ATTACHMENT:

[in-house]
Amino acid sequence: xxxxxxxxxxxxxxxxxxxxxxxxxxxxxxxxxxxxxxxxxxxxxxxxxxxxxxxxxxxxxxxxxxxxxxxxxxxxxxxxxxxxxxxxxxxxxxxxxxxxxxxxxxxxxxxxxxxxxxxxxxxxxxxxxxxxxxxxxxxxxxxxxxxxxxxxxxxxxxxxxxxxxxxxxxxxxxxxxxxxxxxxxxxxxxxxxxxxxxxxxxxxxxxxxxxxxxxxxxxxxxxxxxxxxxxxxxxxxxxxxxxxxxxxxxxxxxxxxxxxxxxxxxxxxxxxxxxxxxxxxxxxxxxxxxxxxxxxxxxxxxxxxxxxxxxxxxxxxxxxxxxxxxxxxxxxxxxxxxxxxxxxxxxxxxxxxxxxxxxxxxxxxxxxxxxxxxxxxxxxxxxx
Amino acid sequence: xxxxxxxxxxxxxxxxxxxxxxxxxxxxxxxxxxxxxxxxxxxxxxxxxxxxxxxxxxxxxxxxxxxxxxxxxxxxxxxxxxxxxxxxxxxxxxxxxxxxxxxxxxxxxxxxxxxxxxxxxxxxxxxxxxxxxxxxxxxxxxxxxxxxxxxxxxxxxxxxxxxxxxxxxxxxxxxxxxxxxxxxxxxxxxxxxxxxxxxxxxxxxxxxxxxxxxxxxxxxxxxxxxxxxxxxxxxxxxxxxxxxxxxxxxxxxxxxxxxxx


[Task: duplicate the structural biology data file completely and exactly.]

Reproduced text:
[in-house]
Amino acid sequence: xxxxxxxxxxxxxxxxxxxxxxxxxxxxxxxxxxxxxxxxxxxxxxxxxxxxxxxxxxxxxxxxxxxxxxxxxxxxxxxxxxxxxxxxxxxxxxxxxxxxxxxxxxxxxxxxxxxxxxxxxxxxxxxxxxxxxxxxxxxxxxxxxxxxxxxxxxxxxxxxxxxxxxxxxxxxxxxxxxxxxxxxxxxxxxxxxxxxxxxxxxxxxxxxxxxxxxxxxxxxxxxxxxxxxxxxxxxxxxxxxxxxxxxxxxxxxxxxxxxxxxxxxxxxxxxxxxxxxxxxxxxxxxxxxxxxxxxxxxxxxxxxxxxxxxxxxxxxxxxxxxxxxxxxxxxxxxxxxxxxxxxxxxxxxxxxxxxxxxxxxxxxxxxxxxxxxxxxxxxxxxxx
Amino acid sequence: xxxxxxxxxxxxxxxxxxxxxxxxxxxxxxxxxxxxxxxxxxxxxxxxxxxxxxxxxxxxxxxxxxxxxxxxxxxxxxxxxxxxxxxxxxxxxxxxxxxxxxxxxxxxxxxxxxxxxxxxxxxxxxxxxxxxxxxxxxxxxxxxxxxxxxxxxxxxxxxxxxxxxxxxxxxxxxxxxxxxxxxxxxxxxxxxxxxxxxxxxxxxxxxxxxxxxxxxxxxxxxxxxxxxxxxxxxxxxxxxxxxxxxxxxxxxxxxxxxxxx